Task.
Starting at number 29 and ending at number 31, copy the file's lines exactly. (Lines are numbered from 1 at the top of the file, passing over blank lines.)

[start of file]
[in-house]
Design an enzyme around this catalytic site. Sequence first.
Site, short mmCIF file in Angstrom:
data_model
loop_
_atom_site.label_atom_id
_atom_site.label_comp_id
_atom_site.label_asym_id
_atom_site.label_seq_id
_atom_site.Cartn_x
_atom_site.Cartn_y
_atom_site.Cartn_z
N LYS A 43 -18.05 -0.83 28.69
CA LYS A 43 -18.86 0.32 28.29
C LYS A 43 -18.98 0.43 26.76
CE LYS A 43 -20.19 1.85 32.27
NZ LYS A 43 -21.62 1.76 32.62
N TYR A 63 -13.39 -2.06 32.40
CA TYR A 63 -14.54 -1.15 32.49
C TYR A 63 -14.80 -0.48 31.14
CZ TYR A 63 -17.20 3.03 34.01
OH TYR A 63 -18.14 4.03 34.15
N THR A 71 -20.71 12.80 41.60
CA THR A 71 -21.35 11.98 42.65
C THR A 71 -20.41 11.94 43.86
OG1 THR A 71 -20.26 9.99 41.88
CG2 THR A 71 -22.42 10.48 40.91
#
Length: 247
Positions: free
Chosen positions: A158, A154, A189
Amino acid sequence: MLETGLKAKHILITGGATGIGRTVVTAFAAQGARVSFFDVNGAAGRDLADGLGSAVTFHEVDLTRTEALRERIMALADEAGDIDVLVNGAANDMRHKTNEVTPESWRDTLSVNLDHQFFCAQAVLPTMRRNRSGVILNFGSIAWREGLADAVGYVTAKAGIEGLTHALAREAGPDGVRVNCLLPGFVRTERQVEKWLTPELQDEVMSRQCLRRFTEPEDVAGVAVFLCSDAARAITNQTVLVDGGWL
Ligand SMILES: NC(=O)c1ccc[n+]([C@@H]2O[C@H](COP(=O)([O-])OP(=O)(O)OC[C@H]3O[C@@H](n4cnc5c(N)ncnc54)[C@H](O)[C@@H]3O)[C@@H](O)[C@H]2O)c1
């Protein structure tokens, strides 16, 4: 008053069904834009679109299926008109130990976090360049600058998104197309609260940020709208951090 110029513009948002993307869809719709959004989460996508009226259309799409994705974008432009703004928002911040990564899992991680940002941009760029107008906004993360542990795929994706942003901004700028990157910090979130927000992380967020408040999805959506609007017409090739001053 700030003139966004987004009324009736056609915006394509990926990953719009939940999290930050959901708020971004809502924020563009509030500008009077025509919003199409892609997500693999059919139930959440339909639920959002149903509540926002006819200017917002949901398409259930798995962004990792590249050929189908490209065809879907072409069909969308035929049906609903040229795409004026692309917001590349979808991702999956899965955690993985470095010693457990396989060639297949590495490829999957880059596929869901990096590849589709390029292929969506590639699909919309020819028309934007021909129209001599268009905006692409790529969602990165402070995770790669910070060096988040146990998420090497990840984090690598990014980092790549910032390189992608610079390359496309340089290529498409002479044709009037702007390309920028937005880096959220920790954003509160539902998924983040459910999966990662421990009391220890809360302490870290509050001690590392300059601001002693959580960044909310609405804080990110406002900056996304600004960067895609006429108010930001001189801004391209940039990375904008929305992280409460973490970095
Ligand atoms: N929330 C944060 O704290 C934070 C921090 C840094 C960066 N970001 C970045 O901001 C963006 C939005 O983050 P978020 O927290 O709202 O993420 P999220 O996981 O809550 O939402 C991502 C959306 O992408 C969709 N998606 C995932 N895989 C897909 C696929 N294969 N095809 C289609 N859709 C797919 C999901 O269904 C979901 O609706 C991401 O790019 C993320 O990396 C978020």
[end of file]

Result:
Length: 247
Positions: free
Chosen positions: A158, A154, A189